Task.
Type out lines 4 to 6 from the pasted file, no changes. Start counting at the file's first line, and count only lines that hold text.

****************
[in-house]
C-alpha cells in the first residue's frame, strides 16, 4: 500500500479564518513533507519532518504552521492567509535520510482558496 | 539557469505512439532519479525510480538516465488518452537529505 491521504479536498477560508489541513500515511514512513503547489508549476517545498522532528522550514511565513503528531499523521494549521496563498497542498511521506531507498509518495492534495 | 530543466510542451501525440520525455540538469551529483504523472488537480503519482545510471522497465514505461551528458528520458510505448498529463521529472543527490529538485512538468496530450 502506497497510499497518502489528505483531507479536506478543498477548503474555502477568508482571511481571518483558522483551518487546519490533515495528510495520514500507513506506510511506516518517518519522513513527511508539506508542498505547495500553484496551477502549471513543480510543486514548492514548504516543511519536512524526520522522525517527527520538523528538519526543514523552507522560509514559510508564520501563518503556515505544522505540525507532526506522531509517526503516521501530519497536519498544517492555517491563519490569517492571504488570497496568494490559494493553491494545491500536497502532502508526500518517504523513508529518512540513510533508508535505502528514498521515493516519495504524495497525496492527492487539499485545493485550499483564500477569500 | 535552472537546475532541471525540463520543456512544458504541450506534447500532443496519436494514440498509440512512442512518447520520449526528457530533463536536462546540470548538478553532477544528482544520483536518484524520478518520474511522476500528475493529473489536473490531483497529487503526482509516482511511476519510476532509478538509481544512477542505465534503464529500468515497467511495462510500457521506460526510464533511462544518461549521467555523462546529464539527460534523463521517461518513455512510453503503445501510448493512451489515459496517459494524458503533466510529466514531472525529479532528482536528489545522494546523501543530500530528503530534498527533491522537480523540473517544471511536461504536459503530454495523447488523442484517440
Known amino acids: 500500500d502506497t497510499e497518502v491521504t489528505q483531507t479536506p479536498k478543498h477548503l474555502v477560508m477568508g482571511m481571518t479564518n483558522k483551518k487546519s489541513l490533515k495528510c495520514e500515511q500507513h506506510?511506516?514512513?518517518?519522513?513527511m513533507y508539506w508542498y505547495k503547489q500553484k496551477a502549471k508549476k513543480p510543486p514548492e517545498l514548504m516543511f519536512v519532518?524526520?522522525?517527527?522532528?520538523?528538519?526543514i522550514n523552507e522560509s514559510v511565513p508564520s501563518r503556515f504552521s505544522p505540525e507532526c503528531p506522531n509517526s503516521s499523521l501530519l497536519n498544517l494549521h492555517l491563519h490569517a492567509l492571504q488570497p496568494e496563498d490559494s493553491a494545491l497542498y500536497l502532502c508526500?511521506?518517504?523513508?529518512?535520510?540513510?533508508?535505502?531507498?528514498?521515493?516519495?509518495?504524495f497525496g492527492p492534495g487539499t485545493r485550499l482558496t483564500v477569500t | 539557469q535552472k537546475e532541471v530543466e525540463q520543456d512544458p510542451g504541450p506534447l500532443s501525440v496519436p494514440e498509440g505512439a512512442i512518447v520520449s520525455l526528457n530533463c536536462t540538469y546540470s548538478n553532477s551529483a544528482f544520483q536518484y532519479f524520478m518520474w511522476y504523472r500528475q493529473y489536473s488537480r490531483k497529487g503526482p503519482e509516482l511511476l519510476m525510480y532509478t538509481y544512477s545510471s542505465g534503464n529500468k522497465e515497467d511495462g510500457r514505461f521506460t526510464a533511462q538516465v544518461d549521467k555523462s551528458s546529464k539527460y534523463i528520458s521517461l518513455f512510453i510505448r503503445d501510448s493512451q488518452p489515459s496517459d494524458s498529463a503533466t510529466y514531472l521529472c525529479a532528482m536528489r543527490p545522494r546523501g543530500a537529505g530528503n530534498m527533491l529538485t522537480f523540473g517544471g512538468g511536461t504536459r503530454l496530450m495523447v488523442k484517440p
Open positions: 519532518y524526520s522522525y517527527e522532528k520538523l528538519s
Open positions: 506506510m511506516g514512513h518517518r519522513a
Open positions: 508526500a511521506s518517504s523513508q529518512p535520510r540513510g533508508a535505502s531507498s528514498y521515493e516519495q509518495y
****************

Open positions: 519532518y524526520s522522525y517527527e522532528k520538523l528538519s
Open positions: 506506510m511506516g514512513h518517518r519522513a
Open positions: 508526500a511521506s518517504s523513508q529518512p535520510r540513510g533508508a535505502s531507498s528514498y521515493e516519495q509518495y